Nutcracker - Gastro Obscura



This cocktail is a New York City summertime staple, albeit an illegal one.

Anyone who has spent time on one of New York City’s many public beaches is familiar with the incessant call of “Nutcracker! Nutcracker!” It’s as ubiquitous a sound as the squawking of the seagulls or the jingle of a Mister Softee truck. Discreetly flag down a Nutcracker vendor and, for about $10, you’ll be handed a sweet mix of liquor, juice, and who knows what else. Some come frozen, like a strong slushie, while others are more like boozy fruit punch. Nutcrackers are, after all, generally homemade and each recipe is unique to the person mixing it. Think of them as a beach-ready cousin of bathtub gin.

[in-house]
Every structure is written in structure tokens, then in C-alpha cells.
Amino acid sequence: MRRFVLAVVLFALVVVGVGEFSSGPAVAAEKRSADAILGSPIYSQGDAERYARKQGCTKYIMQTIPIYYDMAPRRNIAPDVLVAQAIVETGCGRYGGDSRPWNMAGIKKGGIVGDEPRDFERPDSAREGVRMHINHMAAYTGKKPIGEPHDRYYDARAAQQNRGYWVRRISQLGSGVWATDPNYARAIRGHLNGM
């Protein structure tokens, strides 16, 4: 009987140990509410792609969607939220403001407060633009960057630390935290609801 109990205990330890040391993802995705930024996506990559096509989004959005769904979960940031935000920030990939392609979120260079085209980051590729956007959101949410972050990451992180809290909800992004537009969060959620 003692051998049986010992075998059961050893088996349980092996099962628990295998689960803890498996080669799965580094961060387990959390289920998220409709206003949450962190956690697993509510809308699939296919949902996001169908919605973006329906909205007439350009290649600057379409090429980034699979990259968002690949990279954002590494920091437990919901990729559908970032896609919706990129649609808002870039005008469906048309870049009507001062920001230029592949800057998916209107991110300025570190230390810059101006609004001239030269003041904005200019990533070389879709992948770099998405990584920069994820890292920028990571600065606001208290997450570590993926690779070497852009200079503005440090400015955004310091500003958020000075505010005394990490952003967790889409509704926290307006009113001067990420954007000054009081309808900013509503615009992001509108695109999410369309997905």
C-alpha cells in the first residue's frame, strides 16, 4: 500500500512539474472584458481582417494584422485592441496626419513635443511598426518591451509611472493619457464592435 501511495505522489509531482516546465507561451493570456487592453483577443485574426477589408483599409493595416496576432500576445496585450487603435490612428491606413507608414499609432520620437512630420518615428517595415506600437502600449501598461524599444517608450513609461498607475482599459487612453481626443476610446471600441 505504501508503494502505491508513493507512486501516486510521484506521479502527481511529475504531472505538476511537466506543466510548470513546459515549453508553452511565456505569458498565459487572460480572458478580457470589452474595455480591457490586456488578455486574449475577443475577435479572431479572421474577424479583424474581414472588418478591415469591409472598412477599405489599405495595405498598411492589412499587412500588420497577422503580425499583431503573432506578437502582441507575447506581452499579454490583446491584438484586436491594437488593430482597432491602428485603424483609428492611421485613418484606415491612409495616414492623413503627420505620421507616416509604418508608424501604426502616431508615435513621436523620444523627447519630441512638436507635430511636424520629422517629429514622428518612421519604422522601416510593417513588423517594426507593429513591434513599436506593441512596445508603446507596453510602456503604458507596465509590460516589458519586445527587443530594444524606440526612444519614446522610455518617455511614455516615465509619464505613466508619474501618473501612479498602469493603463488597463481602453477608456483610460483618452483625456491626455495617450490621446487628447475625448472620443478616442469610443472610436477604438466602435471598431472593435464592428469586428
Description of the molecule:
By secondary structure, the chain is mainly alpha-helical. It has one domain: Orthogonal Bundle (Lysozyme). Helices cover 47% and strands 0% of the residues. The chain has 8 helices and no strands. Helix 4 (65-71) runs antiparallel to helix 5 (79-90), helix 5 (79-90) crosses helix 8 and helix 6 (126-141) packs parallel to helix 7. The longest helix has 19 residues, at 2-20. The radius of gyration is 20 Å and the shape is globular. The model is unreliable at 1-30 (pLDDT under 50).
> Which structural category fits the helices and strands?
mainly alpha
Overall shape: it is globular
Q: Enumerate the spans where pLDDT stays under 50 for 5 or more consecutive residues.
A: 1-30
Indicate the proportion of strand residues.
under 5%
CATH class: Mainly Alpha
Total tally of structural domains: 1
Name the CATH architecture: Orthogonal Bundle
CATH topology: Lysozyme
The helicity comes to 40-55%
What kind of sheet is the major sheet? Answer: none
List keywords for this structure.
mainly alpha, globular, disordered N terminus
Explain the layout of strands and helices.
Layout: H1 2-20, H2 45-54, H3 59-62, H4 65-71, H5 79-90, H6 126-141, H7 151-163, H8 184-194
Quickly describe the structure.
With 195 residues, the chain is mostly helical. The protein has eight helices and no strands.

Nutcrackers, though distinctly a summertime drink, get their name from a frostier piece of New York City iconography: The Radio City Christmas Spectacular. As the story goes, the manager of Flor de Mayo, a Peruvian-Chinese restaurant on the Upper West Side, was looking for for a name for his new cocktail when a TV commercial for the stage show came on screen. “Nutcracker” seemed like a perfect description for the eye-crossing effects of the strong, sweet concoction.

What originally made Flor de Mayo’s Nutcrackers appealing was the fact that the restaurant sold them to-go, a down-low summer treat in a city where drinking on the street can come with a fine. Soon, the cocktails migrated across the boroughs, reaching up into Harlem and Washington Heights, and down onto the beaches of Coney Island and Rockaway.

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Rose Annis Rose Annis